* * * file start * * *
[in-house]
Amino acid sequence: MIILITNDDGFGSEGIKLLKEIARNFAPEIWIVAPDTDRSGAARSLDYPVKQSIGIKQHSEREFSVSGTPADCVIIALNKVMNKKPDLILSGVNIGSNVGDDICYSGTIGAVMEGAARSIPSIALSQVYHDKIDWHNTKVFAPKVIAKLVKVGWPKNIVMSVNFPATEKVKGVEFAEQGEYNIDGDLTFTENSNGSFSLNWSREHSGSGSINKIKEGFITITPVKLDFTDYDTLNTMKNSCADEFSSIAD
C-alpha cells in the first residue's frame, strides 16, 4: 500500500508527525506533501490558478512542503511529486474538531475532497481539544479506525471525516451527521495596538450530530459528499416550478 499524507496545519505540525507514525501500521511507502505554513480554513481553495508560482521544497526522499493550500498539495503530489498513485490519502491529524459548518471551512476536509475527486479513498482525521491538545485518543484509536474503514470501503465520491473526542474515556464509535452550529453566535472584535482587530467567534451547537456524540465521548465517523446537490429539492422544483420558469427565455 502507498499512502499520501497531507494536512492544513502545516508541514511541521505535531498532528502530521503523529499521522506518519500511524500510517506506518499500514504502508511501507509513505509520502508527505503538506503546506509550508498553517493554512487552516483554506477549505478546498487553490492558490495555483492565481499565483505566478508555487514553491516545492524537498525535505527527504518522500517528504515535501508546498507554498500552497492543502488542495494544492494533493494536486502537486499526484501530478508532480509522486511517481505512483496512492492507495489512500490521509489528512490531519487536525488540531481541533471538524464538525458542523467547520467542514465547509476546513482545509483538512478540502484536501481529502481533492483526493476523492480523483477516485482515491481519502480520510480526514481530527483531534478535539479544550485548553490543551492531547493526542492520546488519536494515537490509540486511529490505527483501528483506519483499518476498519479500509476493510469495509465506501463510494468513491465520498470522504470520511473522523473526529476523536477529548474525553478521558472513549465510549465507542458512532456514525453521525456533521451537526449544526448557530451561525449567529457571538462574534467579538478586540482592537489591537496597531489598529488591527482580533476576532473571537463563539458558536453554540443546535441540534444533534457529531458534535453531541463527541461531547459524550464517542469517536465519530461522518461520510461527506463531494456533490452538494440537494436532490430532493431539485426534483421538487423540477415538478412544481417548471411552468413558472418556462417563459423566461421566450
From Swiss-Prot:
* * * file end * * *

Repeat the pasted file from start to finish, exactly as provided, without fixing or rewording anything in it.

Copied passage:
[in-house]
Amino acid sequence: MIILITNDDGFGSEGIKLLKEIARNFAPEIWIVAPDTDRSGAARSLDYPVKQSIGIKQHSEREFSVSGTPADCVIIALNKVMNKKPDLILSGVNIGSNVGDDICYSGTIGAVMEGAARSIPSIALSQVYHDKIDWHNTKVFAPKVIAKLVKVGWPKNIVMSVNFPATEKVKGVEFAEQGEYNIDGDLTFTENSNGSFSLNWSREHSGSGSINKIKEGFITITPVKLDFTDYDTLNTMKNSCADEFSSIAD
C-alpha cells in the first residue's frame, strides 16, 4: 500500500508527525506533501490558478512542503511529486474538531475532497481539544479506525471525516451527521495596538450530530459528499416550478 499524507496545519505540525507514525501500521511507502505554513480554513481553495508560482521544497526522499493550500498539495503530489498513485490519502491529524459548518471551512476536509475527486479513498482525521491538545485518543484509536474503514470501503465520491473526542474515556464509535452550529453566535472584535482587530467567534451547537456524540465521548465517523446537490429539492422544483420558469427565455 502507498499512502499520501497531507494536512492544513502545516508541514511541521505535531498532528502530521503523529499521522506518519500511524500510517506506518499500514504502508511501507509513505509520502508527505503538506503546506509550508498553517493554512487552516483554506477549505478546498487553490492558490495555483492565481499565483505566478508555487514553491516545492524537498525535505527527504518522500517528504515535501508546498507554498500552497492543502488542495494544492494533493494536486502537486499526484501530478508532480509522486511517481505512483496512492492507495489512500490521509489528512490531519487536525488540531481541533471538524464538525458542523467547520467542514465547509476546513482545509483538512478540502484536501481529502481533492483526493476523492480523483477516485482515491481519502480520510480526514481530527483531534478535539479544550485548553490543551492531547493526542492520546488519536494515537490509540486511529490505527483501528483506519483499518476498519479500509476493510469495509465506501463510494468513491465520498470522504470520511473522523473526529476523536477529548474525553478521558472513549465510549465507542458512532456514525453521525456533521451537526449544526448557530451561525449567529457571538462574534467579538478586540482592537489591537496597531489598529488591527482580533476576532473571537463563539458558536453554540443546535441540534444533534457529531458534535453531541463527541461531547459524550464517542469517536465519530461522518461520510461527506463531494456533490452538494440537494436532490430532493431539485426534483421538487423540477415538478412544481417548471411552468413558472418556462417563459423566461421566450
From Swiss-Prot: